x-rays cause an effect on a screen inside a cassette which is scanned to produce a digital image; no film to replace, ready to reuse after scanning

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10

DR (direct/digital radiography) receptor

x-rays cause an effect on a screen inside a cassette which is automatically converted into a digital image; IR is connected to a control panel monitor, where the image is immediately available; DR receptors can be built into table or stand, or can be portable

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11

image intensifier (II)

used in fluoroscopy and viewed on a monitor; can be videos, still images, or runs (rapid stills)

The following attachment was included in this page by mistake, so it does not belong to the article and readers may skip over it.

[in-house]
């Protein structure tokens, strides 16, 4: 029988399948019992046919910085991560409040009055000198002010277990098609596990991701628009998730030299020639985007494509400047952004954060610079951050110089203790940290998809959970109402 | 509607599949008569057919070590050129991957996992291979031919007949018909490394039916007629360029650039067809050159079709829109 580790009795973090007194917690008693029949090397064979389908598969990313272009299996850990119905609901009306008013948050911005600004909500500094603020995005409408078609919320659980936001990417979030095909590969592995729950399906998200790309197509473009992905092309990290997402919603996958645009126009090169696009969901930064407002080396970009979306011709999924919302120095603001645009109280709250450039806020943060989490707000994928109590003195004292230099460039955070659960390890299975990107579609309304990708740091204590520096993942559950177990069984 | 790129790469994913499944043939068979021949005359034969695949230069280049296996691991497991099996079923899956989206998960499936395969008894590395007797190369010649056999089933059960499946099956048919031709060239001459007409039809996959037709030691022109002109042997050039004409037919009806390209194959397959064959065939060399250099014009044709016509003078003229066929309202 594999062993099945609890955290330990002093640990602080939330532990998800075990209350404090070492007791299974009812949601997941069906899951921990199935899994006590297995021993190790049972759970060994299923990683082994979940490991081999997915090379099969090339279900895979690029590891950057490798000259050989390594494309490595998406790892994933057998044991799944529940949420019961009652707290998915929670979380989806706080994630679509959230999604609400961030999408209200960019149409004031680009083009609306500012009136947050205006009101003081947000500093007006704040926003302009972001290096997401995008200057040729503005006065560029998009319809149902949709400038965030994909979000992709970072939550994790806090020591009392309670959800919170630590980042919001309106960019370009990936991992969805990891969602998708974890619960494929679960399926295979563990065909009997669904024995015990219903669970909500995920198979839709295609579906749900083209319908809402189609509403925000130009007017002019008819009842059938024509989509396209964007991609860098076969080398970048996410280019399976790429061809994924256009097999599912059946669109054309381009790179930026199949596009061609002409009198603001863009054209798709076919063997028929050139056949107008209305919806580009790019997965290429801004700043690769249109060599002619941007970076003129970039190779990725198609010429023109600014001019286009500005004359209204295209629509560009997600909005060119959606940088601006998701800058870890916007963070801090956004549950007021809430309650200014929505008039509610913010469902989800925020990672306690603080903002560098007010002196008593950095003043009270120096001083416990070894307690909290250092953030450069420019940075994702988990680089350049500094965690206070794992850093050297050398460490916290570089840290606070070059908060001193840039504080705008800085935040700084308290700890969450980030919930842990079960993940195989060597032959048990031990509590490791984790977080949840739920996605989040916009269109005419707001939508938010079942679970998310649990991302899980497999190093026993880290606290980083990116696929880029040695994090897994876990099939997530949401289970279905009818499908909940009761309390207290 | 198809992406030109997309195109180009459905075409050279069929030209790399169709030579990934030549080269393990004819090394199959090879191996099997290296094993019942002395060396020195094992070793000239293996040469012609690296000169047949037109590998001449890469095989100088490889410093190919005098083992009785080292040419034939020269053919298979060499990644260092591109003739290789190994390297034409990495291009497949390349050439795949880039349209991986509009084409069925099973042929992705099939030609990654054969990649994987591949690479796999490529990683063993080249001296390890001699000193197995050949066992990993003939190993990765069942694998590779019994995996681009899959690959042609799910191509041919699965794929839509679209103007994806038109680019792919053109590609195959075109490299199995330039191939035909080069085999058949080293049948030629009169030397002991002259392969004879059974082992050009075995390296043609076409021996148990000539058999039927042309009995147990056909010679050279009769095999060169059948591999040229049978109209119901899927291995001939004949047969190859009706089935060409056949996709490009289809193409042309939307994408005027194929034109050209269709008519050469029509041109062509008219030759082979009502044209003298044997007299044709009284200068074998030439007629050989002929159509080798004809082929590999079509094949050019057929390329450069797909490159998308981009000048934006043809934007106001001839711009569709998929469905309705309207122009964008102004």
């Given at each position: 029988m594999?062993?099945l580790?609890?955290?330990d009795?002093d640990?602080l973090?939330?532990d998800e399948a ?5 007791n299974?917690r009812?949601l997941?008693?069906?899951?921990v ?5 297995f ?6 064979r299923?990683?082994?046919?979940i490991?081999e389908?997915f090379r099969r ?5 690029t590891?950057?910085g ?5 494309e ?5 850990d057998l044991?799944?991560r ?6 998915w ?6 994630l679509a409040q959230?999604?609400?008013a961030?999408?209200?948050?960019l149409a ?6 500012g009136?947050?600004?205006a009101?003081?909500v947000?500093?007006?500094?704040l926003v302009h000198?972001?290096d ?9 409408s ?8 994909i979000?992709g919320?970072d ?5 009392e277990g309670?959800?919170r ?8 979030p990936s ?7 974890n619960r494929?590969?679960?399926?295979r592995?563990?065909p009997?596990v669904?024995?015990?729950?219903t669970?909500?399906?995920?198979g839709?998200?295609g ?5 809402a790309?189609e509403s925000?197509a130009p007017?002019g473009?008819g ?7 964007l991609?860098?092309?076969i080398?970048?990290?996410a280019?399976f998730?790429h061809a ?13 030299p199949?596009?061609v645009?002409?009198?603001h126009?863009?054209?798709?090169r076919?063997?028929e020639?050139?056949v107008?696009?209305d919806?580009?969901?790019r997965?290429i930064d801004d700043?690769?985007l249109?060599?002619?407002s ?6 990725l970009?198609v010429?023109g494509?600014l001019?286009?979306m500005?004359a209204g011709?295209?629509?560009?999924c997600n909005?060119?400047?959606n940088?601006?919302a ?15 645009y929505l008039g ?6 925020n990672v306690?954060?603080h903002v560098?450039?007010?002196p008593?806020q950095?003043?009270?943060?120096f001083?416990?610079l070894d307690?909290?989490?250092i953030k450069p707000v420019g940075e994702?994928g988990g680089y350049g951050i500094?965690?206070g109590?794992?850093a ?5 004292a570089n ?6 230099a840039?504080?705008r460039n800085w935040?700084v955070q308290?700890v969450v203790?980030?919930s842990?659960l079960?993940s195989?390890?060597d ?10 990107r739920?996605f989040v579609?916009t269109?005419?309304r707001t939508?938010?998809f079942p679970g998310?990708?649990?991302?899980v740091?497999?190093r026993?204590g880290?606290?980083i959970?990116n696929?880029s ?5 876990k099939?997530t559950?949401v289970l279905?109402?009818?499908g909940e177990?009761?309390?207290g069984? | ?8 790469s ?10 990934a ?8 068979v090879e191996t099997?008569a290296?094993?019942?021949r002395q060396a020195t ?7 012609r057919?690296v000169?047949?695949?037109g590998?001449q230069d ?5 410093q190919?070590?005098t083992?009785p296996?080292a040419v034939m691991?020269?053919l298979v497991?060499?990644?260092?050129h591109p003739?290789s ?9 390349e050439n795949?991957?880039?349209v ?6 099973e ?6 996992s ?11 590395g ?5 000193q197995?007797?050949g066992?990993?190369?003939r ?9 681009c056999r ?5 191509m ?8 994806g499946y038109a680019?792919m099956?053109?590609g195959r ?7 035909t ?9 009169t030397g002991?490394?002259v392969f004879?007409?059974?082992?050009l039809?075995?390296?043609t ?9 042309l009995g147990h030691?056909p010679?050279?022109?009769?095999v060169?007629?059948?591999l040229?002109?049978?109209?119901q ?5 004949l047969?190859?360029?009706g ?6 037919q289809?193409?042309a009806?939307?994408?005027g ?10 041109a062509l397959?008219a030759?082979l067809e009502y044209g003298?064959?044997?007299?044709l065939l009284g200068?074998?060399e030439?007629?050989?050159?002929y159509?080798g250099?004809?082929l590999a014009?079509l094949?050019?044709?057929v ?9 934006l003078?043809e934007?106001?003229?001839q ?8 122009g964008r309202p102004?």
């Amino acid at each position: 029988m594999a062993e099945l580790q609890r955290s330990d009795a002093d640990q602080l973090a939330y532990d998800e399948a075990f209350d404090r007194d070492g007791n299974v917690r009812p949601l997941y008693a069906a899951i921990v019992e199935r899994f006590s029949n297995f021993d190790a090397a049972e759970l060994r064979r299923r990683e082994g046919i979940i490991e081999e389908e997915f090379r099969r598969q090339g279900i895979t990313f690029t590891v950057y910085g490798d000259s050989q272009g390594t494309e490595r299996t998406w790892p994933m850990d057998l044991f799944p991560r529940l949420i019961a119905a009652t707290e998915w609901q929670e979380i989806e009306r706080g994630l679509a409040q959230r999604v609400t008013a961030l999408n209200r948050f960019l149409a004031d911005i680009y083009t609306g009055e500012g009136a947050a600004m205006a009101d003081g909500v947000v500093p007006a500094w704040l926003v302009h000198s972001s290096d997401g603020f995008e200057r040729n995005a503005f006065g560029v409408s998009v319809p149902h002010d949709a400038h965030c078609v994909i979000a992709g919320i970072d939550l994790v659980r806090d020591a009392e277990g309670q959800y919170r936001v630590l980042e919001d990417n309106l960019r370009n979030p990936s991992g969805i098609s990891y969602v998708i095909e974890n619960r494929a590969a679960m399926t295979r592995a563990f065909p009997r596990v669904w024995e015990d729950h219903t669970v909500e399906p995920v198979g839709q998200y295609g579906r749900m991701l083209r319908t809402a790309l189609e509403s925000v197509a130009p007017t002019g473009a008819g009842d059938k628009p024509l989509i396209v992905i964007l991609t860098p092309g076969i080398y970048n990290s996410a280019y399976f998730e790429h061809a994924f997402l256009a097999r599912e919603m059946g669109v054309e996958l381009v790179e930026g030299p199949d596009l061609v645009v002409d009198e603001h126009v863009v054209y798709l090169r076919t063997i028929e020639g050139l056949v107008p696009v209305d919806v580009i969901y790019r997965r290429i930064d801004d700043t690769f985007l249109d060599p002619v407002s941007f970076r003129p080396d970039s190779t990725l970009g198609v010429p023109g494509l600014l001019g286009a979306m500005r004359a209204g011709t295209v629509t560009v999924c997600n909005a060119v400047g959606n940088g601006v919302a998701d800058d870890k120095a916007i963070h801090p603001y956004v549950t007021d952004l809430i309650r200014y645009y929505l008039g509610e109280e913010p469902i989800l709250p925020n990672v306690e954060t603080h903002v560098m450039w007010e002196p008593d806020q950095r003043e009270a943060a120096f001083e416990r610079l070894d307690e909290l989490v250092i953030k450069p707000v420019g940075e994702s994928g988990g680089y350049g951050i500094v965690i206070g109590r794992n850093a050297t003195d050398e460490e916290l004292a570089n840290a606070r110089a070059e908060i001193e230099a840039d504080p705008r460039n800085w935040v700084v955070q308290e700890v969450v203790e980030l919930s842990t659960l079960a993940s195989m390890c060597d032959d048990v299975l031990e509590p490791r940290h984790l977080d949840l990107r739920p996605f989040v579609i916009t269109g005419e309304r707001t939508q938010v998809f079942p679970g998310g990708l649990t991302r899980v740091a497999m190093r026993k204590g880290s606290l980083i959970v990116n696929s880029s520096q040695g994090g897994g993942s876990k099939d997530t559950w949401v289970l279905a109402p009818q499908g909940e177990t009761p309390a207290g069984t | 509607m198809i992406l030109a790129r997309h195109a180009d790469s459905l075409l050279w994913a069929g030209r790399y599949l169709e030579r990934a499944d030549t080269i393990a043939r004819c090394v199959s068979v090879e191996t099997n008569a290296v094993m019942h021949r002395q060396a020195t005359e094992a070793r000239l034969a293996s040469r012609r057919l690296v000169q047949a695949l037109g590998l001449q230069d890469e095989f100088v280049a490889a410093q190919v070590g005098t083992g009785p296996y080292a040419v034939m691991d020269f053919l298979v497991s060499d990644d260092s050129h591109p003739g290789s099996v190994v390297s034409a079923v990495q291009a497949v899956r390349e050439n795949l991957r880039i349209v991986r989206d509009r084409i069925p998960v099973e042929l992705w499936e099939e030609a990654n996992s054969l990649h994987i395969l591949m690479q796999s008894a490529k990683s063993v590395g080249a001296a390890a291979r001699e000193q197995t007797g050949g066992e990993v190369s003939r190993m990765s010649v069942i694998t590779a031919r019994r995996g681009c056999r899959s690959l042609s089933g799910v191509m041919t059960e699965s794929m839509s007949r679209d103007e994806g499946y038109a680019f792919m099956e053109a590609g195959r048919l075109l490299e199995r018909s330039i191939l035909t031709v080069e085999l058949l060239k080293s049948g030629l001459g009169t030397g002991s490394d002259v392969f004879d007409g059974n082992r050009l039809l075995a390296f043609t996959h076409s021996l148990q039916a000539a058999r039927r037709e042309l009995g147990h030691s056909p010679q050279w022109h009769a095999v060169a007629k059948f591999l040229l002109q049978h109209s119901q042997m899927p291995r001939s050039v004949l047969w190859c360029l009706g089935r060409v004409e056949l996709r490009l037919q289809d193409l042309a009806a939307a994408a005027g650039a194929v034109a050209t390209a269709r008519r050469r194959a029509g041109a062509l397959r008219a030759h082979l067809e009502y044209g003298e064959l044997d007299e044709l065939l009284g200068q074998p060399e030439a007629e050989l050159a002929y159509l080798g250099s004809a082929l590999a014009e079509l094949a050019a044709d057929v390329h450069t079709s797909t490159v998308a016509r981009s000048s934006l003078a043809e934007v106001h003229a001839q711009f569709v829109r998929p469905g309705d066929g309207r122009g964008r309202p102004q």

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12

image archives

where images are stored

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13

PACS

electronic image archive system, used for storage, retrieval, and distribution; stands for Picture Archiving & Communications System

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14

radiation protection standard

As Low As Reasonably Achievable (ALARA); keep radiation exposure as low as possible while still providing good diagnostic images

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15

lead aprons

protect tech from radiation scattering off of patients; protect radiation-sensitive parts on patients

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16

which radiation-sensitive parts have shields?

gonads, thyroid, breasts